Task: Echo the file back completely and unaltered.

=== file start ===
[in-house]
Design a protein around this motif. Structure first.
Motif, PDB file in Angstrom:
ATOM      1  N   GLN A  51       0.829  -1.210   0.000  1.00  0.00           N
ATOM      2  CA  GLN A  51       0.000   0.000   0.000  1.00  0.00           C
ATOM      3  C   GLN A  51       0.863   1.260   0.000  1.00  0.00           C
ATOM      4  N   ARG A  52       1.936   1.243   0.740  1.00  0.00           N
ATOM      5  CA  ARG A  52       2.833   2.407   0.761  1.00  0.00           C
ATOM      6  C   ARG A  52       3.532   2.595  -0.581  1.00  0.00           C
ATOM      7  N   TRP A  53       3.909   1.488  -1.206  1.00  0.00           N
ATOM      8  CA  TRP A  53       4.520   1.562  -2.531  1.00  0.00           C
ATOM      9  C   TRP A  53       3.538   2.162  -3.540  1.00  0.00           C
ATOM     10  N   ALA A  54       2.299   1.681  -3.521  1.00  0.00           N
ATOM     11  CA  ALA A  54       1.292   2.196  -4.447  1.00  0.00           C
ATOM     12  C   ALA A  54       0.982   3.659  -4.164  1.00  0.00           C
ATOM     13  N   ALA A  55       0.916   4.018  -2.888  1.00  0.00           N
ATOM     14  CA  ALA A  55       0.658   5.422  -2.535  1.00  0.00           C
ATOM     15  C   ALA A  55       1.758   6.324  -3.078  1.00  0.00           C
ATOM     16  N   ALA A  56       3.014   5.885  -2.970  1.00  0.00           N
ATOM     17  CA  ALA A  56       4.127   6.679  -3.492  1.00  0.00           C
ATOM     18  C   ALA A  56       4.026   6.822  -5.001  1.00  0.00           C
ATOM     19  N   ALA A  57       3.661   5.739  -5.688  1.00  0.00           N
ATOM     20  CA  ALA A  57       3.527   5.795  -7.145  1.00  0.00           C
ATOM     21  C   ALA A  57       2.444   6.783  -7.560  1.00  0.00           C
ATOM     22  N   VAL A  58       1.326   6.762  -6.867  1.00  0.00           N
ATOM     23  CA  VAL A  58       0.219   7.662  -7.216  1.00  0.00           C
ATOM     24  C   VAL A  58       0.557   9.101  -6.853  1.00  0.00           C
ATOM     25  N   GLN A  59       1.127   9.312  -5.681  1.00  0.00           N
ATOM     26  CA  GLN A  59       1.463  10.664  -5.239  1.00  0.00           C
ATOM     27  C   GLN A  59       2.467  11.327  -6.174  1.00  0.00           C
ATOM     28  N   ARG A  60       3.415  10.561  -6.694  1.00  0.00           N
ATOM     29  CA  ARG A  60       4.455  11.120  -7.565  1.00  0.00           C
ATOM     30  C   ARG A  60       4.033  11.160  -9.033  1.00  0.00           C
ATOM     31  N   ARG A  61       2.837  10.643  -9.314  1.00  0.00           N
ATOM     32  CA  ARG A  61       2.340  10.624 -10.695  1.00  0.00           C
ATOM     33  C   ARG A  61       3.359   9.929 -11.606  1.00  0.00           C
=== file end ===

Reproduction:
[in-house]
Design a protein around this motif. Structure first.
Motif, PDB file in Angstrom:
ATOM      1  N   GLN A  51       0.829  -1.210   0.000  1.00  0.00           N
ATOM      2  CA  GLN A  51       0.000   0.000   0.000  1.00  0.00           C
ATOM      3  C   GLN A  51       0.863   1.260   0.000  1.00  0.00           C
ATOM      4  N   ARG A  52       1.936   1.243   0.740  1.00  0.00           N
ATOM      5  CA  ARG A  52       2.833   2.407   0.761  1.00  0.00           C
ATOM      6  C   ARG A  52       3.532   2.595  -0.581  1.00  0.00           C
ATOM      7  N   TRP A  53       3.909   1.488  -1.206  1.00  0.00           N
ATOM      8  CA  TRP A  53       4.520   1.562  -2.531  1.00  0.00           C
ATOM      9  C   TRP A  53       3.538   2.162  -3.540  1.00  0.00           C
ATOM     10  N   ALA A  54       2.299   1.681  -3.521  1.00  0.00           N
ATOM     11  CA  ALA A  54       1.292   2.196  -4.447  1.00  0.00           C
ATOM     12  C   ALA A  54       0.982   3.659  -4.164  1.00  0.00           C
ATOM     13  N   ALA A  55       0.916   4.018  -2.888  1.00  0.00           N
ATOM     14  CA  ALA A  55       0.658   5.422  -2.535  1.00  0.00           C
ATOM     15  C   ALA A  55       1.758   6.324  -3.078  1.00  0.00           C
ATOM     16  N   ALA A  56       3.014   5.885  -2.970  1.00  0.00           N
ATOM     17  CA  ALA A  56       4.127   6.679  -3.492  1.00  0.00           C
ATOM     18  C   ALA A  56       4.026   6.822  -5.001  1.00  0.00           C
ATOM     19  N   ALA A  57       3.661   5.739  -5.688  1.00  0.00           N
ATOM     20  CA  ALA A  57       3.527   5.795  -7.145  1.00  0.00           C
ATOM     21  C   ALA A  57       2.444   6.783  -7.560  1.00  0.00           C
ATOM     22  N   VAL A  58       1.326   6.762  -6.867  1.00  0.00           N
ATOM     23  CA  VAL A  58       0.219   7.662  -7.216  1.00  0.00           C
ATOM     24  C   VAL A  58       0.557   9.101  -6.853  1.00  0.00           C
ATOM     25  N   GLN A  59       1.127   9.312  -5.681  1.00  0.00           N
ATOM     26  CA  GLN A  59       1.463  10.664  -5.239  1.00  0.00           C
ATOM     27  C   GLN A  59       2.467  11.327  -6.174  1.00  0.00           C
ATOM     28  N   ARG A  60       3.415  10.561  -6.694  1.00  0.00           N
ATOM     29  CA  ARG A  60       4.455  11.120  -7.565  1.00  0.00           C
ATOM     30  C   ARG A  60       4.033  11.160  -9.033  1.00  0.00           C
ATOM     31  N   ARG A  61       2.837  10.643  -9.314  1.00  0.00           N
ATOM     32  CA  ARG A  61       2.340  10.624 -10.695  1.00  0.00           C
ATOM     33  C   ARG A  61       3.359   9.929 -11.606  1.00  0.00           C